The discovery of Pluto's fifth moon puts the distant world into a category all of its own
The discovery of a fifth moon orbiting Pluto has stirred up fresh complaints about its demotion from the ranks of fully fledged planets. Six years after the International Astronomical Union ruling, is it time for a rethink?
Maybe. A few decades ago, the difference between planets and lesser bodies such as asteroids and moons seemed clear. The more we learn about the solar system, the harder it gets to classify its various bodies into distinct categories.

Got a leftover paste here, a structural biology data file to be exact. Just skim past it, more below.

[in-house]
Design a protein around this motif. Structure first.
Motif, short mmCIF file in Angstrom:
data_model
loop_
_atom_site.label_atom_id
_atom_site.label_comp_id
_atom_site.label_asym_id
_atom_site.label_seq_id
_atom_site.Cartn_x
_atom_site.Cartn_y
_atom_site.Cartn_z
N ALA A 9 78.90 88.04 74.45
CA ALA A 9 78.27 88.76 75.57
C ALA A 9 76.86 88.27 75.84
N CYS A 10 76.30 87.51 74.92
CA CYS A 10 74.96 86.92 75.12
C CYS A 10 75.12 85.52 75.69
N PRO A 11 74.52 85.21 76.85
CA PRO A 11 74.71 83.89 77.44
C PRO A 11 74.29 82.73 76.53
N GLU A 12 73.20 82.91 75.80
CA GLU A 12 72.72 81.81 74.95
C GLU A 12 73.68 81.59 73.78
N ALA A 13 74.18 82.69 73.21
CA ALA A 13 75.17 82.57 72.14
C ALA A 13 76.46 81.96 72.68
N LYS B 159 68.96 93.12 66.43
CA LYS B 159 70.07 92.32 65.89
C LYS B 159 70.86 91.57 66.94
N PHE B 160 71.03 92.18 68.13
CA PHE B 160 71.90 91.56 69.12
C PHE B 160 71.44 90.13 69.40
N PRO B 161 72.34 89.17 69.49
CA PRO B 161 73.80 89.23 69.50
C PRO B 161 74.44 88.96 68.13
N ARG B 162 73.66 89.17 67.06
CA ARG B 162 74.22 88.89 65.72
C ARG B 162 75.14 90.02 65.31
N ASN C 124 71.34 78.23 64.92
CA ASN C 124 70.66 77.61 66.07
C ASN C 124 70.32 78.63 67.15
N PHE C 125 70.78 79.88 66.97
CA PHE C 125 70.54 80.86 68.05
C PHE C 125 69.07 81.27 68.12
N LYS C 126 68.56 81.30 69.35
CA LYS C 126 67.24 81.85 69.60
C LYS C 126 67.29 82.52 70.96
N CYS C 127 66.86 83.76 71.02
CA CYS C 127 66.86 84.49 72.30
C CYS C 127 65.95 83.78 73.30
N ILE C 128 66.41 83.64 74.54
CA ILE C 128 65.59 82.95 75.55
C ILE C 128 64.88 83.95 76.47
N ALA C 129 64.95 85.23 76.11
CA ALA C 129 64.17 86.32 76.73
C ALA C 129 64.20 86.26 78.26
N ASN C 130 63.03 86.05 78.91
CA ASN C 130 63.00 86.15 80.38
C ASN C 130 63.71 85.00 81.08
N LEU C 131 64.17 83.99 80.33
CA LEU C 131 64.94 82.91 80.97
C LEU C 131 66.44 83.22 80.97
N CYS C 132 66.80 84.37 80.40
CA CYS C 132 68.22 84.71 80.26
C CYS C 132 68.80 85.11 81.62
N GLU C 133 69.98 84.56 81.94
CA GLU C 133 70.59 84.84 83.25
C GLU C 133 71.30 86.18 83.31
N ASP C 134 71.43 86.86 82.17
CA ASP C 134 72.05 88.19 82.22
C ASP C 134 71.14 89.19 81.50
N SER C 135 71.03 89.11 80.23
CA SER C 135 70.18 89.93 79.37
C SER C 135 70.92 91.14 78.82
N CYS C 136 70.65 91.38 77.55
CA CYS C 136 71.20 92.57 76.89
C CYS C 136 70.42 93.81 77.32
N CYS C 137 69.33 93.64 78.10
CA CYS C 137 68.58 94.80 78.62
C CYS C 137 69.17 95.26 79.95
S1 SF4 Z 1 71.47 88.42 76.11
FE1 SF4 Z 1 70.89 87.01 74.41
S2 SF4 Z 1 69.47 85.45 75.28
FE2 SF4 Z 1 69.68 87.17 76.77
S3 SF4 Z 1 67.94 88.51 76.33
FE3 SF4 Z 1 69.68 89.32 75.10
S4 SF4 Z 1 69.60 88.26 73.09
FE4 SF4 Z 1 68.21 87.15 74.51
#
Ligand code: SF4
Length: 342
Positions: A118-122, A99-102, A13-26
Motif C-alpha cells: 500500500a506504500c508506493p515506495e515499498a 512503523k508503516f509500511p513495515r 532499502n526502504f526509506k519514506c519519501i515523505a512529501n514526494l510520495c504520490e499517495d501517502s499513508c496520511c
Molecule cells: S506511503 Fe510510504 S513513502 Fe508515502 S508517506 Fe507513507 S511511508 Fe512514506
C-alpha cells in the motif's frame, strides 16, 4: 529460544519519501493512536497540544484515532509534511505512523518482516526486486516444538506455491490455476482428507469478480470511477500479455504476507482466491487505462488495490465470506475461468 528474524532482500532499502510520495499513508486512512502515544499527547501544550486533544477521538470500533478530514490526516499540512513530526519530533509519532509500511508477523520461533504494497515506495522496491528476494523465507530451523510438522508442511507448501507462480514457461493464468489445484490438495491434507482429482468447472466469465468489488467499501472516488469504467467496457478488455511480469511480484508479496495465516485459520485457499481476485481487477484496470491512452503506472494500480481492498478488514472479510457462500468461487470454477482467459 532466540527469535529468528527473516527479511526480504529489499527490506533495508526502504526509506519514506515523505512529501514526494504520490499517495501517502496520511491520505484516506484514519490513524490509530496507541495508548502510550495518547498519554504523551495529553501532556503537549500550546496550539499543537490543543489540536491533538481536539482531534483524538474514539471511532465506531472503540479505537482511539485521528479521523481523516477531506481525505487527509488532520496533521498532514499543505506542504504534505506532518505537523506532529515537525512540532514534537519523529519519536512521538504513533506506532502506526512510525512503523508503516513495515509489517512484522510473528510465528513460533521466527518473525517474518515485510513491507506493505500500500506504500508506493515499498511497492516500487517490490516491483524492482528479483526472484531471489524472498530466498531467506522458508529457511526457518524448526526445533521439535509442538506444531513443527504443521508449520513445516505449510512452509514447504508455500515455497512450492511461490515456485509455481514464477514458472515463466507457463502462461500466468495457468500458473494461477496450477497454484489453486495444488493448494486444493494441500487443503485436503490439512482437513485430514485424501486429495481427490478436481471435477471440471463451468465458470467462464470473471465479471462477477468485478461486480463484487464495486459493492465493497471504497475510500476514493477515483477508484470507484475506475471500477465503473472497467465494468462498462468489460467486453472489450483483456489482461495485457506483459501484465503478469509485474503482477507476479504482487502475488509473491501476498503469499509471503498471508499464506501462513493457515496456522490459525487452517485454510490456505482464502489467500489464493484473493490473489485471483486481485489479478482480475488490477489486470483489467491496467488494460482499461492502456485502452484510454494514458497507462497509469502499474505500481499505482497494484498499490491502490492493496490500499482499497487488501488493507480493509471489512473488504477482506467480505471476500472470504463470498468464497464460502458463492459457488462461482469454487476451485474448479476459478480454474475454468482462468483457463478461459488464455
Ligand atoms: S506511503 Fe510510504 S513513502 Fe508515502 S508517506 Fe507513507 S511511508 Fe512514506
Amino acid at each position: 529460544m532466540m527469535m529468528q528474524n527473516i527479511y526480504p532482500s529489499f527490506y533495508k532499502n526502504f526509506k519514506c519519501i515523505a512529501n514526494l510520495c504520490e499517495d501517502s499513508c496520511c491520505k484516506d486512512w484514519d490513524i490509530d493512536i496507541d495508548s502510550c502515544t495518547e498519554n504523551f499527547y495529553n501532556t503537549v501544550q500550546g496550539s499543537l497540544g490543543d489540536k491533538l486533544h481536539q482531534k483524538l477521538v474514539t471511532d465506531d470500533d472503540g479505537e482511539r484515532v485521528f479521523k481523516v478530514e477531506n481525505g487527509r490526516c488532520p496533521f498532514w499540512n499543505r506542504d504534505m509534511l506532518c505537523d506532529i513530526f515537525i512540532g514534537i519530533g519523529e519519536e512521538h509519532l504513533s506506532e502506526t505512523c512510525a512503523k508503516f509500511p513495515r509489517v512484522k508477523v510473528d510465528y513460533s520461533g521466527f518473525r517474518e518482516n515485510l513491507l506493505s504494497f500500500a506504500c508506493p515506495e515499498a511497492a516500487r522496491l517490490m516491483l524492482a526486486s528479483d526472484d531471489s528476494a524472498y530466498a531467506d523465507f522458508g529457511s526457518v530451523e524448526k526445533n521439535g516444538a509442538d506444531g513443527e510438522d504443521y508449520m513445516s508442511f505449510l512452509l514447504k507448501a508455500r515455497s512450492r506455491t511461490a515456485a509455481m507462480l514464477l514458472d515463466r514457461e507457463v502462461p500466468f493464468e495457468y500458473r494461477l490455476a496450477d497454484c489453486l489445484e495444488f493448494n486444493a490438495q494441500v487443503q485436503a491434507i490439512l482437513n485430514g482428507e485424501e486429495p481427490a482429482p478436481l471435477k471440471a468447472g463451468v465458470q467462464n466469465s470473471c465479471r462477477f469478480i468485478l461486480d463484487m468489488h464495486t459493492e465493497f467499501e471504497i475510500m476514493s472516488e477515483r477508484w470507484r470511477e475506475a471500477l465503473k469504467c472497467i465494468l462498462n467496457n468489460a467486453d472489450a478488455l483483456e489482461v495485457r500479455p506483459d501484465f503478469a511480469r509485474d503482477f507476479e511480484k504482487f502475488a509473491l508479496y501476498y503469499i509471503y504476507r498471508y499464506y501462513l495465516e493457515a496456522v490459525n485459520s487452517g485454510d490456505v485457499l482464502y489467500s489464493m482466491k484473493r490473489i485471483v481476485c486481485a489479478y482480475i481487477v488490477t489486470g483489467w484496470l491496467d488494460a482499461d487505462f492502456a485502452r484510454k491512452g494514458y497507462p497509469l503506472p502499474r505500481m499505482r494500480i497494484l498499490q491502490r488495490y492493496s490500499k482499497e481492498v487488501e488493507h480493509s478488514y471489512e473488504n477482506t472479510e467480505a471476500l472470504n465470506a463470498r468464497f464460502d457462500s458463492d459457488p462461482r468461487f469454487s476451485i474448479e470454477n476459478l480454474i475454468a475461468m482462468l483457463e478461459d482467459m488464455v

We now know that Pluto and its relatively huge moon Charon form a binary pair orbiting a common point between them, with at least four smaller bodies in neat orbits around them (see "Discovery of fifth moon reignites Pluto planet debate").
As far as we know, there's nothing else quite like it in the solar system. Neither "planet" nor "dwarf planet" seem to do it justice. Perhaps Pluto/Charon deserves a category all of its own.To read more, click here.